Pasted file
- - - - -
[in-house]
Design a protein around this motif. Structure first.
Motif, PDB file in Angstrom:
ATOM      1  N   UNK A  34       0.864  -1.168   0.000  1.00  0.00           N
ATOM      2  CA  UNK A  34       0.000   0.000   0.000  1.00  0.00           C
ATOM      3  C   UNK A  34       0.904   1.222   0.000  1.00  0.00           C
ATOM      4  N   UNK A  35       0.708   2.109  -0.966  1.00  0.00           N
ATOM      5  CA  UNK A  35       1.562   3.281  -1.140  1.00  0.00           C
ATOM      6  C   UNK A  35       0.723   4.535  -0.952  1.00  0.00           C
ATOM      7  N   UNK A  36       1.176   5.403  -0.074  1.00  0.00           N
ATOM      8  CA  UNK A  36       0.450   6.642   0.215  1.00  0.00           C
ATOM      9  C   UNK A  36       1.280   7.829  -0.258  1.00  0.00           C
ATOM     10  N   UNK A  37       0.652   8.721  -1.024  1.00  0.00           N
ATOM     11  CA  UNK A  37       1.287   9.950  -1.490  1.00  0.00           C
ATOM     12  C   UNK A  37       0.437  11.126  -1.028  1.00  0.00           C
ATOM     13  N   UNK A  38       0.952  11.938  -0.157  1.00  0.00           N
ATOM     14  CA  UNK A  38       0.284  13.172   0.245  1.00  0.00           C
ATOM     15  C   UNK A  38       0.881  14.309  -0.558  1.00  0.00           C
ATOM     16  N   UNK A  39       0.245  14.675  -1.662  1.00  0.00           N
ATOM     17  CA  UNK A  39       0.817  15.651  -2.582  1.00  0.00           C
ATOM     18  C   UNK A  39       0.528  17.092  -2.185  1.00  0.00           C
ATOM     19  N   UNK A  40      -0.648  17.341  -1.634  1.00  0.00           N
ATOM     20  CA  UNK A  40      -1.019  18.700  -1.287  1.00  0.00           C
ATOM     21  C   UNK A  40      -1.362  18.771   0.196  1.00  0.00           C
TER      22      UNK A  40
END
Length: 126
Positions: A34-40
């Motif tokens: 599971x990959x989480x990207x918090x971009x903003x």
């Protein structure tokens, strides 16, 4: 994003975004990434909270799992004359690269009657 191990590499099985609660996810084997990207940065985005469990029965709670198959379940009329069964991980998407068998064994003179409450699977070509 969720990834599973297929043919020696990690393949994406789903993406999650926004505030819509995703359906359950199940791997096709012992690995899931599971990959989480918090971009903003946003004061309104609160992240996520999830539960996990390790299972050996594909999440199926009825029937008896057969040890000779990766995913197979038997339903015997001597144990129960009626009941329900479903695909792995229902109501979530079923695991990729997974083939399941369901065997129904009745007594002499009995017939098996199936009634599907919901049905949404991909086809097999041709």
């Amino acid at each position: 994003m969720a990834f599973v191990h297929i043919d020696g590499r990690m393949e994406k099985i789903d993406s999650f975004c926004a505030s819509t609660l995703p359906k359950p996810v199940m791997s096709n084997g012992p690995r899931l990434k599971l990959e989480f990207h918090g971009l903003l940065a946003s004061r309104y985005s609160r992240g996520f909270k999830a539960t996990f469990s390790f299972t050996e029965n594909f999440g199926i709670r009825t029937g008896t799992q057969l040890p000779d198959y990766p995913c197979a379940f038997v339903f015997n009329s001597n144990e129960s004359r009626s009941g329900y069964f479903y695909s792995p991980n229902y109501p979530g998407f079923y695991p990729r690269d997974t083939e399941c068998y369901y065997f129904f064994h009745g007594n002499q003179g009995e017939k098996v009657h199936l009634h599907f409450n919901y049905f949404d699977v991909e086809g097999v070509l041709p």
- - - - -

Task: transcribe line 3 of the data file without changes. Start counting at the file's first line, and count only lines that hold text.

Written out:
Motif, PDB file in Angstrom: